Arthur W. Pink-Interpretation of the Scriptures

There is no conflict between the testimony of Christ and the Apostles

February 24, 2015 2 comments

Arthur PinkMost certainly there was no conflict between the testimony of the apostles and that of their Master, for He had expressly enjoined them to teach their converts “to observe all things whatsoever I have [not shall!] commanded you” (Matthew 28:20). Nor did the doctrinal system of Paul differ in any wise from that enunciated in the Old Testament. At the very beginning of the first epistle bearing his name he is particular to inform us that the Gospel unto which God had separated him was none other than the one

“He had promised afore by His prophets in the holy scriptures” (Romans 1:1, 2);

and when he stated that the righteousness of God was now revealed apart from the Law, he was careful to add, “being witnessed by the law and the prophets” (3:21). When he vindicated his teaching on justification by faith without the deeds of the Law, he did so by appealing to the case of Abraham and the testimony of David (Romans 4). When he admonished the Corinthians against being lulled into a false sense of security because of the spiritual gifts which had been bestowed upon them, he reminded them of the Israelites who had been highly favored of God, yet that did not keep them from His displeasure when they sinned, even though they “did all eat the same spiritual meat; and did drink the same spiritual drink” (1 Corinthians 10:1-5). And when illustrating important practical truth, he cites the history of Abraham’s two sons (Galatians 4:22-31).

Arthur W. Pink-Interpretation of the Scriptures

The preacher must recognize the inter-relation and mutual dependence of the Old and New Testaments

February 17, 2015 2 comments

Arthur PinkComing now to those principles which are to guide the student in his efforts to interpret God’s Word, we place first and foremost the need for recognizing the inter-relation and mutual dependence of the Old and New Testaments. We do so because error at this point inevitably results in a serious misunderstanding and perverting of not a little in the later Scriptures. We do not propose to enter into a refutation of the modern heresy of “dispensationalism,” but to treat of this section of our subject constructively. After a long and careful comparison of the writings of that school with The Institutes of Calvin, and our observation of the kind of fruit borne by the one and the other, it is our conviction that that eminent reformer was far more deeply taught by the Holy Spirit than those who claimed to receive so much “new light on God’s Word” a century ago. We would therefore urge every preacher who possesses Calvin’s Institutes to give his very best attention to its two chapters on “The Similarity of the Old and New Testaments” and “The Difference of the Two Testaments.”

The similarity of the two Testaments is much greater and more vital than their dissimilarity. The same triune God is revealed in each, the same way of salvation is set forth, the same standard of holiness is exhibited, the same eternal destinies of the righteous and the wicked made known. The New has all its roots in the Old, so that much in the one is unintelligible apart from the other. Not only is a knowledge of the history of the patriarchs and of the institutions of Judaism indispensable for an understanding of many details in the Gospels and the Epistles, but its terms and ideas are identical. That it is entirely unwarrantable for us to suppose that the message proclaimed by the Lord Jesus was something new or radically different from the early communications of God appears from His emphatic warning:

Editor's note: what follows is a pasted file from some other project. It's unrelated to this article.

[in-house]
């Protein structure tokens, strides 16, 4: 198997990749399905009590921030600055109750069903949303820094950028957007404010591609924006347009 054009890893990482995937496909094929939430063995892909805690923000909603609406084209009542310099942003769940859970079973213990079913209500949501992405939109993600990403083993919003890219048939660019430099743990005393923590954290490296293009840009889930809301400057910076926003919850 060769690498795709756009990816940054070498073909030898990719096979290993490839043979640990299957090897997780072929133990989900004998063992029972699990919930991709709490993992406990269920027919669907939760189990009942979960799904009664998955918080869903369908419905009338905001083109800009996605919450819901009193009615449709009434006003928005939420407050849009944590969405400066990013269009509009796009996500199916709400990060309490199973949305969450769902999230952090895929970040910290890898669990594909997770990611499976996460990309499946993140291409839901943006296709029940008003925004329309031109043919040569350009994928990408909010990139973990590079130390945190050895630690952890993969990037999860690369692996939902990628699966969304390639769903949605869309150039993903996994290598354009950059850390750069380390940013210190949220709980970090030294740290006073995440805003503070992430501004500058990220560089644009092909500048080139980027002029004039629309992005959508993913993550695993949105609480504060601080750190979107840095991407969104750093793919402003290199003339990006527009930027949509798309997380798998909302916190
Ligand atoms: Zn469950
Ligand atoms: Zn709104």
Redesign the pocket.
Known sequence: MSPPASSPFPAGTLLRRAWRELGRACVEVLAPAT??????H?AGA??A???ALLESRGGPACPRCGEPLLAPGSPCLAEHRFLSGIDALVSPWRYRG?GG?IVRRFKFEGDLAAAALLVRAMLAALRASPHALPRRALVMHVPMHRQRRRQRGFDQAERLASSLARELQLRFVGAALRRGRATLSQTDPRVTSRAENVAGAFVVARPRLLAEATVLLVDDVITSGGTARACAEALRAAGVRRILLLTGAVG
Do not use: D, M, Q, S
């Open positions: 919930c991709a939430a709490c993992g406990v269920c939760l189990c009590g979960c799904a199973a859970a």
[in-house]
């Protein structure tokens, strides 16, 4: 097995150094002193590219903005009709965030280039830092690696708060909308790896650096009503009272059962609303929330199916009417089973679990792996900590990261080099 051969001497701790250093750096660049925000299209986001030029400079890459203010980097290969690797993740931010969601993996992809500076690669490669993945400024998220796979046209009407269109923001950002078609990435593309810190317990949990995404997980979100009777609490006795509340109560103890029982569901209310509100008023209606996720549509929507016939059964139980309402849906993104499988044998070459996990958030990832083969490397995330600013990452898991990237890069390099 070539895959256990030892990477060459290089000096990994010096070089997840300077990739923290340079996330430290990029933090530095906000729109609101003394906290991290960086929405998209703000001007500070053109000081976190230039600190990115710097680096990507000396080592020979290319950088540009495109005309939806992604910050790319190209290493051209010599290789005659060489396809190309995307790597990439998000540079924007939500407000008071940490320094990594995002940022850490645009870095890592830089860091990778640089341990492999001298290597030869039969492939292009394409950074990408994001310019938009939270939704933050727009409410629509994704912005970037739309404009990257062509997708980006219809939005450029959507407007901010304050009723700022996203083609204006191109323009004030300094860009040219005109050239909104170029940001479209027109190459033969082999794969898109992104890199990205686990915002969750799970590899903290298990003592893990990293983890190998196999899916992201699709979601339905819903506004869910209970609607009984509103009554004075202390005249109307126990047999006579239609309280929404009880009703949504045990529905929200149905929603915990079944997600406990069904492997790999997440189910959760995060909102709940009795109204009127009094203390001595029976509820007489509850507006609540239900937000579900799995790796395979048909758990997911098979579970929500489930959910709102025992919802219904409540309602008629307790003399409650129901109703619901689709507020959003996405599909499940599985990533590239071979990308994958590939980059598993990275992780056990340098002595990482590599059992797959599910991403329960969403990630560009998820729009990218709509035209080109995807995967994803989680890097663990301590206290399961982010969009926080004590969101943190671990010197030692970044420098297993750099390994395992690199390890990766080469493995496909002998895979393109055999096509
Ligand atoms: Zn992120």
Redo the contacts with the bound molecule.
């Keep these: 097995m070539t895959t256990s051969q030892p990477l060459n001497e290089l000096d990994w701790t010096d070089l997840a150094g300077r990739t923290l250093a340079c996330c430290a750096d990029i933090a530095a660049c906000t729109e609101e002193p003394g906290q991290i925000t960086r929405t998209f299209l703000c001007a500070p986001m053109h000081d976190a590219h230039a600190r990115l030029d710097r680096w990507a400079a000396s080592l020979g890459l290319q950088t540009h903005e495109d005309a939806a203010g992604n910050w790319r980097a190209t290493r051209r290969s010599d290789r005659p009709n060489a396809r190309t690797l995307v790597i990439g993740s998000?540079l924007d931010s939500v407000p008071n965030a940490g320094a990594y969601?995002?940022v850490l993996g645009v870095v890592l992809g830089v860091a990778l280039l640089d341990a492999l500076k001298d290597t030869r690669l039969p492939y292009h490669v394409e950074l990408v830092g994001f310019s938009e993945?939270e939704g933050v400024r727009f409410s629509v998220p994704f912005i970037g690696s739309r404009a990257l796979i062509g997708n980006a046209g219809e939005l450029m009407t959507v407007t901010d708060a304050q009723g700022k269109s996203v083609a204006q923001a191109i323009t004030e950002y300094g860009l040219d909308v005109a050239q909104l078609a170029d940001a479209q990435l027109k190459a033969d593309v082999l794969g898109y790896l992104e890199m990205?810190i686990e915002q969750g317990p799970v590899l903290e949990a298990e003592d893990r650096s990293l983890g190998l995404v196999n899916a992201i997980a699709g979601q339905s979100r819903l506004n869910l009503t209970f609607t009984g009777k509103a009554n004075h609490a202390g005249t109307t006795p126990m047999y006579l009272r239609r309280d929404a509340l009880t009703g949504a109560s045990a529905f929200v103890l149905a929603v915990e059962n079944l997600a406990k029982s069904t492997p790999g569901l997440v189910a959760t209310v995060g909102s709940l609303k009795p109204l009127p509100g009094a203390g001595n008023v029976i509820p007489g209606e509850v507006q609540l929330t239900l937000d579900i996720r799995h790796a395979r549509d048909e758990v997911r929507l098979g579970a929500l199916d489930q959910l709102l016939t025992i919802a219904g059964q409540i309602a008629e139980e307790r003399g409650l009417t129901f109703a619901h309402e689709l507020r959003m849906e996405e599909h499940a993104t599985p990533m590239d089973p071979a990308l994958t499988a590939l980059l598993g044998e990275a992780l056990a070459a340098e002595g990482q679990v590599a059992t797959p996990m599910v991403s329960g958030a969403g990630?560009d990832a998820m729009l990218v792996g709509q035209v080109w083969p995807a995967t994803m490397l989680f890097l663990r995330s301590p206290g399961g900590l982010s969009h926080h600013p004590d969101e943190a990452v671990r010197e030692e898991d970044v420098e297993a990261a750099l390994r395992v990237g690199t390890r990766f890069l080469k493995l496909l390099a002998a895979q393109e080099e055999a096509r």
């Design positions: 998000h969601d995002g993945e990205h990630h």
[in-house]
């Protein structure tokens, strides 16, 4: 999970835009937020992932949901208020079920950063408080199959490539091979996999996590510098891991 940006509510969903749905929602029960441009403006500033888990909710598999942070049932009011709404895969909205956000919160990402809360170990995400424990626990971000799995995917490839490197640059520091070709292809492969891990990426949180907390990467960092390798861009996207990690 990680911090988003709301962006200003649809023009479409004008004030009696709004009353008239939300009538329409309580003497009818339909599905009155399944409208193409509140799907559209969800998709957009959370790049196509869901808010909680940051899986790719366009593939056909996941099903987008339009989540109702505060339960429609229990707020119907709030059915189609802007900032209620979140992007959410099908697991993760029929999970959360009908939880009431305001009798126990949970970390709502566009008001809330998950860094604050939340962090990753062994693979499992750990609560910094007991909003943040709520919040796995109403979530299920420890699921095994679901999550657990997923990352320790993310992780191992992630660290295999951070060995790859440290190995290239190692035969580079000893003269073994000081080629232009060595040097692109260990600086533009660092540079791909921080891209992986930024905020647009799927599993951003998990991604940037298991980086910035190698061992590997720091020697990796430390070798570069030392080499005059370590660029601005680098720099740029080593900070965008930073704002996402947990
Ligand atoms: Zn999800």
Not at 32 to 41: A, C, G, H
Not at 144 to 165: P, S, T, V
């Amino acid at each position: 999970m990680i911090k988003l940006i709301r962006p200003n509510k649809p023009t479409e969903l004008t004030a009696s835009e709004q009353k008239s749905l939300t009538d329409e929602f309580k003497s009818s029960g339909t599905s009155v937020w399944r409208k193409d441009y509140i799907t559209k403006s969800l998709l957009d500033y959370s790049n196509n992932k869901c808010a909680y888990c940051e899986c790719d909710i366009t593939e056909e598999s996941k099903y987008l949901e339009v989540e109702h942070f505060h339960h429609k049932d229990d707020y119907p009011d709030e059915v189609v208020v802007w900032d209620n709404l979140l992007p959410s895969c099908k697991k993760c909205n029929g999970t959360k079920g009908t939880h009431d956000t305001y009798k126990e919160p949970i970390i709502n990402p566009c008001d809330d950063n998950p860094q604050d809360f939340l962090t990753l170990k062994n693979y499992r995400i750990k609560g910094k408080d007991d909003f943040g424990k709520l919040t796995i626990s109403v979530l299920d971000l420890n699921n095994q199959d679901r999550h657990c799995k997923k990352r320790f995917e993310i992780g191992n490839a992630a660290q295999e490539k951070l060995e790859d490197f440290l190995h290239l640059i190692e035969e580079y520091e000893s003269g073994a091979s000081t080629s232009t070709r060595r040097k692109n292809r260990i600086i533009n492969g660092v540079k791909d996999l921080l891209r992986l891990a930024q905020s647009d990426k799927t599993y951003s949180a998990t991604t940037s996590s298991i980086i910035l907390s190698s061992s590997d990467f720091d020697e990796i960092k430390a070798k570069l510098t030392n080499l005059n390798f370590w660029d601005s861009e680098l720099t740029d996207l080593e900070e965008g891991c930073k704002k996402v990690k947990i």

“Think not that I am come to destroy the law, or the prophets: I am not come to destroy, but to fulfill” (Matthew 5:17)

—to vindicate and substantiate them, to free them from human perversions and misrepresentations, and to make good what they demanded and announced. So far from there being any antagonism between the teaching of Christ and Divine messengers who preceded Him, when He enunciated “the golden law” He stated, “for this is the law and the prophets” (Matthew 7:12).

Arthur W. Pink-Interpretation of the Scriptures

It is at the feet of God that the preacher must take his place

February 10, 2015 2 comments

Arthur PinkIt is at the feet of God that the preacher must take his place, learning from Him the meaning of His Word, waiting upon Him to open its mysteries, looking to Him for his message. Nowhere but in the Scriptures can he ascertain what is pleasing or displeasing unto the Lord. There alone are opened the secrets of Divine wisdom, of which the philosopher and scientist know nothing. And as the great Dutch Puritan rightly pointed out,

“Whatever is not drawn from them, whatever is not built upon them, whatever does not most exactly accord with them, however it may recommend itself by the appearance of the most sublime wisdom, or rest on ancient tradition and consent of learned men, or the weight of plausible arguments, it is vain, futile, and, in short, a lie. ‘To the law and to the testimony: if they speak not according to this word it is because there is no light in them.’ Let the theologian delight in those sacred Oracles: let him exercise himself in them day and night, meditate in them, draw all his wisdom from them. Let him compass all his thoughts on them, let him embrace nothing in religion which he does not find there” (Herman Witsius).

Arthur W. Pink-Interpretation of the Scriptures